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St. Louis Missouri Labor & Employment Law Firm | Emloyment Discrimintation Attorney | Understanding Retaliation and Retaliatory Discharge
Call Us Now : (314) 645-4100
Understanding Retaliation and Retaliatory Discharge

Understanding Retaliation and Retaliatory Discharge

Retaliation At Work

The State of Missouri and the federal government have passed laws which make it illegal to fire, harass, demote, or otherwise 'retaliate' against you just because you filed a charge of discrimination, because you participated in an employment discrimination proceeding, or because you otherwise complained to your employer about discrimination on the job. Both applicants for an employment position and those hired as employees (including those who may have been wrongfully discharged) are protected under these laws.

How Might My Employer Try To Retaliate Against Me?

Your employer might:

  • Refuse to hire you
  • Fire you or terminate your employment
  • Reduce your pay or refuse to pay your compensation altogether
  • Refuse fringe benefits
  • Take you off job assignments
  • Take clients and other accounts away from you
  • Lay you off
  • Refuse to provide reasonable accommodations
  • Harass or treat you unfairly in any other manner regarding your employment

What Is 'Retaliatory Discharge'?

Retaliatory discharge refers to when an employer goes so far as to fire or terminate your employment in retaliation for you pursuing your legal right to file or participate in a charge of discrimination or other protected activity.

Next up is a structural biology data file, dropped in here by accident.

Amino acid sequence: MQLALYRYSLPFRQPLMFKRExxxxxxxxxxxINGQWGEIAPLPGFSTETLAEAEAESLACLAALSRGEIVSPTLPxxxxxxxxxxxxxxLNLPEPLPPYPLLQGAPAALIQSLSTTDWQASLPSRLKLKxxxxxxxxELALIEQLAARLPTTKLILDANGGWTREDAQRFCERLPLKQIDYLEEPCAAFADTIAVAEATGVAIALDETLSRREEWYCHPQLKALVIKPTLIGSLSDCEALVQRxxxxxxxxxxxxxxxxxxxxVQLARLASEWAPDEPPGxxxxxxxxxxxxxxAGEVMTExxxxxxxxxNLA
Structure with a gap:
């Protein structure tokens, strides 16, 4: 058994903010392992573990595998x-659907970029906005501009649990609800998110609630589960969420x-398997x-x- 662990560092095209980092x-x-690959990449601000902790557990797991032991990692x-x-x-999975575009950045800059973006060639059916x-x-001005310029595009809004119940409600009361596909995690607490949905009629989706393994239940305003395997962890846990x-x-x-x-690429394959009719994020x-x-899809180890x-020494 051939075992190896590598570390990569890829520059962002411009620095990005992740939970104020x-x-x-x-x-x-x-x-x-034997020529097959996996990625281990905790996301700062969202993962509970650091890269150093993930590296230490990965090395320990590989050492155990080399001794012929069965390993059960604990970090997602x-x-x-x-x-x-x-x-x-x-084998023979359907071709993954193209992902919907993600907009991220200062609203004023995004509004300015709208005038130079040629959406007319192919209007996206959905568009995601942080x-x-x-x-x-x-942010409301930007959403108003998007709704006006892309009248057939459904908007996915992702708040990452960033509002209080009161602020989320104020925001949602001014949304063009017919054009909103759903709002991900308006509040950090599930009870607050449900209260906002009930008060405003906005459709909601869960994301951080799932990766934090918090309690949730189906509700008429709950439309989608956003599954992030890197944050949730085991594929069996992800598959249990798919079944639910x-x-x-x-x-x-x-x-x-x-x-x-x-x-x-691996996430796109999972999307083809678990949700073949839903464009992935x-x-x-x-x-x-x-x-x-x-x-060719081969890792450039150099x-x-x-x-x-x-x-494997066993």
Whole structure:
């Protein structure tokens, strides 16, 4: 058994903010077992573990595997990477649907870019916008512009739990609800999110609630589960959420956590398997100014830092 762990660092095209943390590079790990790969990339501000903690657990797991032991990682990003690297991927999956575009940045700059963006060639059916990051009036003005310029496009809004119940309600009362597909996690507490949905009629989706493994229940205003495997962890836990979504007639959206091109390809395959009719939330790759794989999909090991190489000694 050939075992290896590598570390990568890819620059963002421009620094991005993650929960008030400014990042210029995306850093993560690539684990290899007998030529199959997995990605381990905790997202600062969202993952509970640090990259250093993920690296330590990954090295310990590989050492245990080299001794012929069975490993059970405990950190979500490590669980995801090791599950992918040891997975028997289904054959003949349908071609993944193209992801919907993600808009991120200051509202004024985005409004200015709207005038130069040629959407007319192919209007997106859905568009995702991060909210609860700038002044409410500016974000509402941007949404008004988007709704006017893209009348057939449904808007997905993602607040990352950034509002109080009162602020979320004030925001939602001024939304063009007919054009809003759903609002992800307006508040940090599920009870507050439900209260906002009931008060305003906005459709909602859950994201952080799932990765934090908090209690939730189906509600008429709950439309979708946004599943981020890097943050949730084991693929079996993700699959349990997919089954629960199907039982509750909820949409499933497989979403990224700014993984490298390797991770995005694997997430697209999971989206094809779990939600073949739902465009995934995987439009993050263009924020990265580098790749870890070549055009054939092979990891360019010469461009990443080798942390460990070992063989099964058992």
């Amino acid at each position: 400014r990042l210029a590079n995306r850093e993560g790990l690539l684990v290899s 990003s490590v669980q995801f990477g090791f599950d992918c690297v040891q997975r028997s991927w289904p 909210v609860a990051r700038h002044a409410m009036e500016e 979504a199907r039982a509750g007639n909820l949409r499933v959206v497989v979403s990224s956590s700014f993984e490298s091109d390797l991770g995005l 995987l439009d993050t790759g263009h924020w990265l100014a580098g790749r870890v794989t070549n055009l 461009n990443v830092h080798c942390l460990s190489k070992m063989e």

In order to prevail on a claim of retaliatory discharge, you must demonstrate a clear causal connection between the protected activity and the discharge. The more evidence you can put forward that you were an adequate employee and that your former employer had not otherwise been preparing to fire you, the better your chances of prevailing.

Establishing Our Case

In order to prove that your employer retaliated against you, you must prove three important elements:

  1. You must demonstrate that you complained of discrimination, usually by filing a formal complaint with the Missouri Human Rights Commission or the federal Equal Employment Opportunity Commission.
  2. You must demonstrate that your employer took adverse action against you.
  3. You must demonstrate that the adverse action was causally linked to the complaint of discrimination.

Once you make this initial case, the employer would then likely attempt to argue that it had an otherwise legitimate and nondiscriminatory reason for the adverse action it took against you. However, even if the employer proves that it had a legitimate reason for the way it treated you, we then have a second opportunity to show that the employer's proffered reason for acting was pretext, or a false excuse, for illegal retaliation.

Have You Been Retaliated Against?

Please contact Attorney Jason M. Finkes today to schedule a consultation about your case and we can determine together whether it might be in your best interest to pursue a charge against your employer or former employer. Attorney Jason M. Finkes is available by telephone at (314) 645-4100 or by email at This e-mail address is being protected from spambots. You need JavaScript enabled to view it